Thu, August 23, 2012
Technology > Science > U.S. Mars Rover Curiosity Lands

Mars rover Curiosity to undergo "brain transplant"

2012-08-11 01:03:54 GMT2012-08-11 09:03:54(Beijing Time)  Xinhua English

LOS ANGELES, Aug. 10 (Xinhua) -- NASA's Curiosity rover on Mars will undergo a "brain transplant" over the weekend with a software upgrade to prepare for new tasks ahead, NASA's Jet Propulsion Laboratory (JPL) in Pasadena, California, announced on Friday.

The upgrade will take place as part of a series of steps on Aug.10-13 to prepare the rover for its future tasks such as driving and using its strong robotic arm.

A new version of software would be installed in both of the rover's redundant main computers, according to JPL.

JPL said the new software for Mars surface operations was uploaded to the rover's memory during the Mars Science Laboratory spacecraft's flight from Earth last November.

"We designed the mission from the start to be able to upgrade the software as needed for different phases of the mission," said Ben Cichy, chief software engineer for the Mars Science Laboratory mission at JPL

"The flight software version Curiosity currently is using was really focused on landing the vehicle. It includes many capabilities we just don't need any more. "

"It gives us basic capabilities for operating the rover on the surface, but we have planned all along to switch over after landing to a version of flight software that is really optimized for surface operations," Cichy explained.

Image processing to check for obstacles is the key for the new software, which allows for longer drives by giving the rover more autonomy to identify and avoid potential hazards and drive along a safe path the rover identifies for itself, according to the JPL.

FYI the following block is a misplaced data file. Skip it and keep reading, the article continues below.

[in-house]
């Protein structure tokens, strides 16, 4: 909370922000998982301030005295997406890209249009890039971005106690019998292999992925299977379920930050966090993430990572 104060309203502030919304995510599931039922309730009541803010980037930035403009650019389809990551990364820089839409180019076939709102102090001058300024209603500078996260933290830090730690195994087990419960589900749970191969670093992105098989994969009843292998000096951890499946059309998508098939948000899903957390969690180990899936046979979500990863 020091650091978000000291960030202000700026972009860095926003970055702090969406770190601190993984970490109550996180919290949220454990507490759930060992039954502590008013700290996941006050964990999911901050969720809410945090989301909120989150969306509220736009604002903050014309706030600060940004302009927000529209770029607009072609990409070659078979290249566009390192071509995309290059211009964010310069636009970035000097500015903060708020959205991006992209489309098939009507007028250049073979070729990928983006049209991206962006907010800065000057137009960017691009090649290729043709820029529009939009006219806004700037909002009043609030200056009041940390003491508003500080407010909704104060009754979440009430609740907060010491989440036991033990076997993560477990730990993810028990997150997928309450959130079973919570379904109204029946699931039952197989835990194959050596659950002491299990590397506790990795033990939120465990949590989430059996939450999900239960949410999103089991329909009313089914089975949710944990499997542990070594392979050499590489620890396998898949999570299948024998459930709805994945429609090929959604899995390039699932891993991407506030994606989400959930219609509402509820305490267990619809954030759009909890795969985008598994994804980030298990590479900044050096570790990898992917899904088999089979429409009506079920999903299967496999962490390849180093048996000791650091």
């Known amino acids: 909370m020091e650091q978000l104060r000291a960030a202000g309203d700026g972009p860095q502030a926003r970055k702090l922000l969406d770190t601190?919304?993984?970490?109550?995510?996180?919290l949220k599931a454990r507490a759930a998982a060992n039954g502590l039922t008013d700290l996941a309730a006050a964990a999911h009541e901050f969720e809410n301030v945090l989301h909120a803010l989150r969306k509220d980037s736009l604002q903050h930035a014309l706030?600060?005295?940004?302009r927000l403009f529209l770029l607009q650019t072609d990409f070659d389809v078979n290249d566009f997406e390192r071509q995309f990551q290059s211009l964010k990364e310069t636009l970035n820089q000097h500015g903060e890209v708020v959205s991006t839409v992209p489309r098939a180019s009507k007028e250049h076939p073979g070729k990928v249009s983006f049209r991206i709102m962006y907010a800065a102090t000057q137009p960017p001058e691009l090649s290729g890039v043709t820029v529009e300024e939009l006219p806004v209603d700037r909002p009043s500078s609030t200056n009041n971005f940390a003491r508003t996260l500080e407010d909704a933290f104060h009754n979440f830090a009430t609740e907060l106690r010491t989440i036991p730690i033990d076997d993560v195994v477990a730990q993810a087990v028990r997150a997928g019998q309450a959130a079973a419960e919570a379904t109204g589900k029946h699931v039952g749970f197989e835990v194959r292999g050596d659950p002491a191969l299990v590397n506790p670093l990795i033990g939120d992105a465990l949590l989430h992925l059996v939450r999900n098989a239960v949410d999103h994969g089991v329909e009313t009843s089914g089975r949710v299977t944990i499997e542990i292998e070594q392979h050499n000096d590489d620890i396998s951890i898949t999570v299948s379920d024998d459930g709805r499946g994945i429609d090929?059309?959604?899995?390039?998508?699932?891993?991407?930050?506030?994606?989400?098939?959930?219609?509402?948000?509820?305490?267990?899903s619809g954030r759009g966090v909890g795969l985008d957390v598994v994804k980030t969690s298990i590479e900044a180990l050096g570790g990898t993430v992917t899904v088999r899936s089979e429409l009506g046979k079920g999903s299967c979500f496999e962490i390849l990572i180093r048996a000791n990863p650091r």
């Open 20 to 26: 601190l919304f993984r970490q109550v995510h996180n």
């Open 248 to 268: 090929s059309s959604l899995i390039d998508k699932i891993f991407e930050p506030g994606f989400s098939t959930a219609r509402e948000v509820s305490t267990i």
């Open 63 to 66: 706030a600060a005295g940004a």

Other new capabilities will facilitate the use of tools at the end of the rover's robotic arm.

While Curiosity is completing the software transition, the mission's science team is continuing to analyze images the rover has taken of its surroundings inside Gale Crater, JPL said.

JPL scientists are discussing which features in the scene to investigate after a few weeks of initial checkouts and observations to assess equipment on the rover and characteristics of the landing site.

Curiosity carries 10 science instruments with a total mass 15 times as large as the science payloads on NASA's Mars rovers Spirit and Opportunity, according to JPL.

Some of the tools, such as a laser-firing instrument for checking rocks' elemental composition from a distance, are the first of their kind on Mars.

Curiosity will also use a drill and scoop, which are located at the end of its robotic arm, to gather soil and powdered samples of rock interiors, then sieve and parcel out these samples into the rover's analytical laboratory instruments in an attempt to find out signs of life whether in the past or at present.

The Gale Crater landing site places the rover within driving distance of layers of the crater's interior mountain. Observations from orbit have identified clay and sulfate minerals in the lower layers, indicating a wet history, according to JPL.

The software upgrade process is expected to last roughly four days, During this time, all other activities, including science, will temporarily be put on hold, JPL said.

The reason for this is to avoid any kind of interference, and to allow enough time for engineers to finish the transfer and verify that everything is functioning according to plan.

Once that is complete, engineers and scientists will continue checking Curiosity's instruments and gathering early science observations, according to JPL.

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